top of page

Business Lessons From Pretty Woman

I can't tell you how many times I've been in a business meeting where I turned to the other people in the room and said, "Well it all comes back to the movie Pretty Woman: You say who, you say how much, and you say when." There is always a reaction, and since most Americans over the age of twenty-something have seen the movie, they understand what I'm talking about.

I love movies. I also do a weekly show as Justine Hollister of Screen Thoughts, a podcast of movie and television reviews, as well as written reviews, that has a four-star rating on iTunes. I believe there are lessons in most movies, and in business I often use movies to illustrate a point I'm making.

So here are the biz lessons from Pretty Woman.

The Deal Can Change.

You can go into any deal sure of what you want to accomplish, sell, or buy, and come out realizing that there was a better deal to be had. Regrouping in the middle of a deal and assessing what additional information you have gathered is key to making sure you get the best outcome available. Edward Lewis recognized that the deal he originally went in to do - to purchase and sell off the parts of a shipbuilding company - was no longer what he wanted. He wanted the personal achievement of building something with a man he respected, so he changed the deal.

The price can be a win/win for both sides. Pricing means different things to different people.

In Pretty Woman, Vivian and Edward negotiate the price for her to be his beck-and-call girl in a bathroom scene that goes back and forth like a ping-pong ball, settling on the price of $2,500 for the week. For her, it's a lot of money and an easy workweek. The money means nothing to Edward, and he enjoys the repartee of the negotiation. They both are satisfied.

What's the lesson, you ask? The lesson is to ask yourself before you negotiate what the service or product is worth to the person you are selling it to or buying it from. Is money the prevailing deal breaker? Is it timing? Is it exclusivity? Figure out what matters to the person most, and then decide the price based on that assessment. Focus on what they want, rather than what you want, and you can be a better negotiator.

You say who; you say when; you say how much.

Make sure you remember this most important lesson of Pretty Woman. No matter how much you are paid or are paying, there is a limit to what you need to do for the money. Be sure to set up your company so you can walk away from any deal. In Pretty Woman, Vivian could walk away and go back to the street if she was feeling abused, and she wasn't afraid to remind Edward of that. Edward, too, is unafraid to walk away from the deal. Know where your battle line is, and be sure and be willing to stay on the winning side of it.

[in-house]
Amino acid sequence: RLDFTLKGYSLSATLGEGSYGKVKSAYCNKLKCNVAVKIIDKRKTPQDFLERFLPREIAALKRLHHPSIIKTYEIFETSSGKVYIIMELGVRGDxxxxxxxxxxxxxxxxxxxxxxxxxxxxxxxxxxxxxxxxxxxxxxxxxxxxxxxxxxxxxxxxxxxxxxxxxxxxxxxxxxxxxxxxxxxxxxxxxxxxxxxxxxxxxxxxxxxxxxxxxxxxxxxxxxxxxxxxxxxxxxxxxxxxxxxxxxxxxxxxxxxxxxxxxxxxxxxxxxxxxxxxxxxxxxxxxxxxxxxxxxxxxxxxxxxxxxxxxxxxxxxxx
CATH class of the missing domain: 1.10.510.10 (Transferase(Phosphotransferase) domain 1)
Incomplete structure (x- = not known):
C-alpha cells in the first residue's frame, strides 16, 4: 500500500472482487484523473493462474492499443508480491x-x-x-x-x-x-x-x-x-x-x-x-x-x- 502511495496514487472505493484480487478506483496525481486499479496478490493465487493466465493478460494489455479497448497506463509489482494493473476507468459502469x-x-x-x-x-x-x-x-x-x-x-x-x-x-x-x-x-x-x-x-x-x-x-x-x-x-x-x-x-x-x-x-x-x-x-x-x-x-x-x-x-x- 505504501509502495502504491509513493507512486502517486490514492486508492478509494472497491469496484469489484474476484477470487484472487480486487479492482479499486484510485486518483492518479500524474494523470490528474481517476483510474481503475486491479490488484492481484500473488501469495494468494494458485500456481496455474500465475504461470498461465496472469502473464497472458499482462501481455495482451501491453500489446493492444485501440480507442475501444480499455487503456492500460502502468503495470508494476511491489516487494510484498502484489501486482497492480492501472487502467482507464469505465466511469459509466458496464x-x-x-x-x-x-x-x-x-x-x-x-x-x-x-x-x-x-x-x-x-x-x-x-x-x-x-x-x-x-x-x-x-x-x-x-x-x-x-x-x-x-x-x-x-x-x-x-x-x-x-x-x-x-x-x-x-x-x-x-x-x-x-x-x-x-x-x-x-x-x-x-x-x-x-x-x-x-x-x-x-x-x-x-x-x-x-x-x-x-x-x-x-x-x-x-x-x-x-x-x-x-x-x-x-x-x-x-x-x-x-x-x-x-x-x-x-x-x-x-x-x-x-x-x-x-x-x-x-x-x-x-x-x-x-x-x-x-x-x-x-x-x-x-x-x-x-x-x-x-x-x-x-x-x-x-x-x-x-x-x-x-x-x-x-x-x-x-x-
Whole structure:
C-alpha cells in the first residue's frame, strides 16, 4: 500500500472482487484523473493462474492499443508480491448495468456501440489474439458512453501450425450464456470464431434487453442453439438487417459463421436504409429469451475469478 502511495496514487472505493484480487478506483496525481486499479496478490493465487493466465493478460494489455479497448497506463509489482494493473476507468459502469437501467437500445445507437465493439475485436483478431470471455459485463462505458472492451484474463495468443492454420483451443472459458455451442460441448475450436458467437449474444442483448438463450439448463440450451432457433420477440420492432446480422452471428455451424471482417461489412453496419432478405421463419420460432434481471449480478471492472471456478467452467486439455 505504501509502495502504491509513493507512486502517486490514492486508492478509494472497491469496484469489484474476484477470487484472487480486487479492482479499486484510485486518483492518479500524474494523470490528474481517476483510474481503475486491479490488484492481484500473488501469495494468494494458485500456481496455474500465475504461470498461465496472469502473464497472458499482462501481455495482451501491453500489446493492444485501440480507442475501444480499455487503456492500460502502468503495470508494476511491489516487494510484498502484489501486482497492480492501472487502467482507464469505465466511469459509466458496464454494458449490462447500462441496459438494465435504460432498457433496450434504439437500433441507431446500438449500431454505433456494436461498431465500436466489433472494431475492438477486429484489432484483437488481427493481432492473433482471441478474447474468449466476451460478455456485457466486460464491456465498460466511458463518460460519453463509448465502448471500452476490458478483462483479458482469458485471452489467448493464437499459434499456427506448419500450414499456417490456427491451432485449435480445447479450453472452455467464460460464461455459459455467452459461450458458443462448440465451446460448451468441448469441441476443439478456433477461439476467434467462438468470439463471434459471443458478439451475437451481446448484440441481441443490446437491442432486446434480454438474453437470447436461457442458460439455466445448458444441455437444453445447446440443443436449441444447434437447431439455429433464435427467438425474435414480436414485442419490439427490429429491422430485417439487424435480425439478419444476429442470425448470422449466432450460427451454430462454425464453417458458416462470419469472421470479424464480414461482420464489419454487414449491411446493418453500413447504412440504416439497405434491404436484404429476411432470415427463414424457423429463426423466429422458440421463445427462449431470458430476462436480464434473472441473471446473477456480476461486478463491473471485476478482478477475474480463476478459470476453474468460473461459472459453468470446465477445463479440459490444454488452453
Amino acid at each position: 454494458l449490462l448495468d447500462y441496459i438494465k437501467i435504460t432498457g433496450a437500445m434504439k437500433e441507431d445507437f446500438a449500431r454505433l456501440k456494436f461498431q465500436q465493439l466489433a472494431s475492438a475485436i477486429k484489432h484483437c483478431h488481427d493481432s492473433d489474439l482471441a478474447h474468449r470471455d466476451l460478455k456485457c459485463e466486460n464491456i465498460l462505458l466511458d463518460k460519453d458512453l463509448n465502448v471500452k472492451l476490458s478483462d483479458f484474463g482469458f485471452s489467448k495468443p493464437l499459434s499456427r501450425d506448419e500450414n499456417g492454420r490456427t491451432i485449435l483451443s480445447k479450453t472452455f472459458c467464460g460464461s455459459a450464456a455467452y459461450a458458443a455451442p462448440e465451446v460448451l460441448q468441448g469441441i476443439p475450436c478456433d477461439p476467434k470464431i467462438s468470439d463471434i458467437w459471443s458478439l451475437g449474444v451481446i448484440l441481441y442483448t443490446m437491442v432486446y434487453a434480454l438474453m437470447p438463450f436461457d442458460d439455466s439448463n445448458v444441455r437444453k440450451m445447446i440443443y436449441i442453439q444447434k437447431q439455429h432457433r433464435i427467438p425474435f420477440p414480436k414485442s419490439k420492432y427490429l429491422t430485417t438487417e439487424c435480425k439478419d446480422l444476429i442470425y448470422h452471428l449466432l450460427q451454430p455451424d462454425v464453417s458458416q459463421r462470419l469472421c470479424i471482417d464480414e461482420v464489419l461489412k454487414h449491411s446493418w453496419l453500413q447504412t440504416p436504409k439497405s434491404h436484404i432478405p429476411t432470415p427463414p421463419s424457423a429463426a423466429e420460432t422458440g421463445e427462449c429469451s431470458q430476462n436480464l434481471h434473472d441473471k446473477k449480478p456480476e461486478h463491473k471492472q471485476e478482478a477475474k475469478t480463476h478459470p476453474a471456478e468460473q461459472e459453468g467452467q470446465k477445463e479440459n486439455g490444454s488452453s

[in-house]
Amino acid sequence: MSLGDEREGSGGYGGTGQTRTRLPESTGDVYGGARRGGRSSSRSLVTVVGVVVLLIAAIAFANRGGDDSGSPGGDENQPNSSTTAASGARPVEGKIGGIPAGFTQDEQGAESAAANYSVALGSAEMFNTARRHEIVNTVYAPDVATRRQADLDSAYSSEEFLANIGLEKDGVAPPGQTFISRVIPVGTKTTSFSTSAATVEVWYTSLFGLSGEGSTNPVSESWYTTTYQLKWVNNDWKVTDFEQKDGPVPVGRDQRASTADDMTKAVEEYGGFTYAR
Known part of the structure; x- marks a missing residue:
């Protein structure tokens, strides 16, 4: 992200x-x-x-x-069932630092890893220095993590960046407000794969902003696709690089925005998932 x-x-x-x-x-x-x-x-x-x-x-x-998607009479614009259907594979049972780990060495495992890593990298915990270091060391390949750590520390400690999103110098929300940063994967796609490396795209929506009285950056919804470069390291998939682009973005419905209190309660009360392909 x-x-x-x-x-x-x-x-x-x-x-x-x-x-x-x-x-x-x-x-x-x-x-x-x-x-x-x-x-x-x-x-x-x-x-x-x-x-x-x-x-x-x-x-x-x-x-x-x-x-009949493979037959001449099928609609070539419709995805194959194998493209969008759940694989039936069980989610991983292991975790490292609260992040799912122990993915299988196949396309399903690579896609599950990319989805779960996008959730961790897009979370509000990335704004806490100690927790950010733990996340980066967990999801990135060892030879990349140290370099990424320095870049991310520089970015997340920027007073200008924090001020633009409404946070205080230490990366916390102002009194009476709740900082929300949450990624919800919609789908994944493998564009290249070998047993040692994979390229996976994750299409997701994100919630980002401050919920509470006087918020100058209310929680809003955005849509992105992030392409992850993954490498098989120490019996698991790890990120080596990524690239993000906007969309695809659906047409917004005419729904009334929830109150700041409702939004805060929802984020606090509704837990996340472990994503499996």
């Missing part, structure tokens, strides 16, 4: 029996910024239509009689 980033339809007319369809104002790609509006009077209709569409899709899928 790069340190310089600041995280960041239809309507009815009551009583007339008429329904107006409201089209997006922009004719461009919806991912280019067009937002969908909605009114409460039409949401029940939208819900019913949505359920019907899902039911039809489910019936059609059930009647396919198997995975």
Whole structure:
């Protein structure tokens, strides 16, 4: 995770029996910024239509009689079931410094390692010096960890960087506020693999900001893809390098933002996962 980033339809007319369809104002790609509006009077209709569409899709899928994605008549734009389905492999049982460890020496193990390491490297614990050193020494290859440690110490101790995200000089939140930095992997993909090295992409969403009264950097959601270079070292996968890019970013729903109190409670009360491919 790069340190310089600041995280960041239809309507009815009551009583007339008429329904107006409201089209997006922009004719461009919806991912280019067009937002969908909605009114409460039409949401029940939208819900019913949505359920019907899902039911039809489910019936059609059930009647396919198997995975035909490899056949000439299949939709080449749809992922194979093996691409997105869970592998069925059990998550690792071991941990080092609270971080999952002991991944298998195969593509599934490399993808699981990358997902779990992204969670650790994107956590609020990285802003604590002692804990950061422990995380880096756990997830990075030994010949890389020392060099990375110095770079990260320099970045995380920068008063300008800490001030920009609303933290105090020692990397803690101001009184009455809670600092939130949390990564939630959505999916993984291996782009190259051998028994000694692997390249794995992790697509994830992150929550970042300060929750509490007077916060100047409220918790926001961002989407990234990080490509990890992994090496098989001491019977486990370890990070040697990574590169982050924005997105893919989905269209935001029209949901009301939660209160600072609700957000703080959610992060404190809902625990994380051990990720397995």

Business is business, and personal is personal.

In the exchange between Stuckey and Edward when Stuckey screams that he gave up everything to work for Edward doing difficult deals, Lewis clearly understands that Stuckey did it for the money and for the power, and that he was well compensated for his time and effort. Edward feels no guilt or obligation to Stuckey for his past performance - he is dumping him for his present performance. If you are paying the people around you a fair price for their work and you need to part ways, there is no apology necessary. This is not to be confused with loyalty and doing the right thing; this is all about choosing what is best for moving a company forward and making sure there is a separation between work and friendship.

There is an exception to every business rule.

One of my favorite characters in Pretty Woman is the hotel manager, Barney Thompson, who bends the rules about hookers in the hotel after talking with Vivian - and he is right to do so. He makes a judgment call and it pays off. No rule of thumb in marketing is absolute, and knowing which ones are bendable - assessing the value of following the rule - separates excellence in business from safe mediocrity.

Do not judge a client's potential by the way they look.

Remember the woman who wouldn't wait on Vivian in the clothing boutique? Mistake. Big mistake.

Shop assistant: "Hello, can I help you?"

Vivian: "I was in here yesterday, you wouldn't wait on me."

Shop assistant: "Oh."

Vivian: "You people work on commission, right?"

Shop assistant: "Yeah."

Vivian (holding up her bags of purchases): "Big mistake. Big. Huge. I have to go shopping now."

I think we are done explaining that lesson.

So there you have it. Pretty Woman's Business Lessons to celebrate the movie's 25th anniversary. And while I'm sure you are shaking your head now, wondering about my sanity, I promise that in the coming months, when you are with a client or at work, these lessons will pop into your mind. You can e-mail me your thanks.

Christine Merser, Managing Partner

bottom of page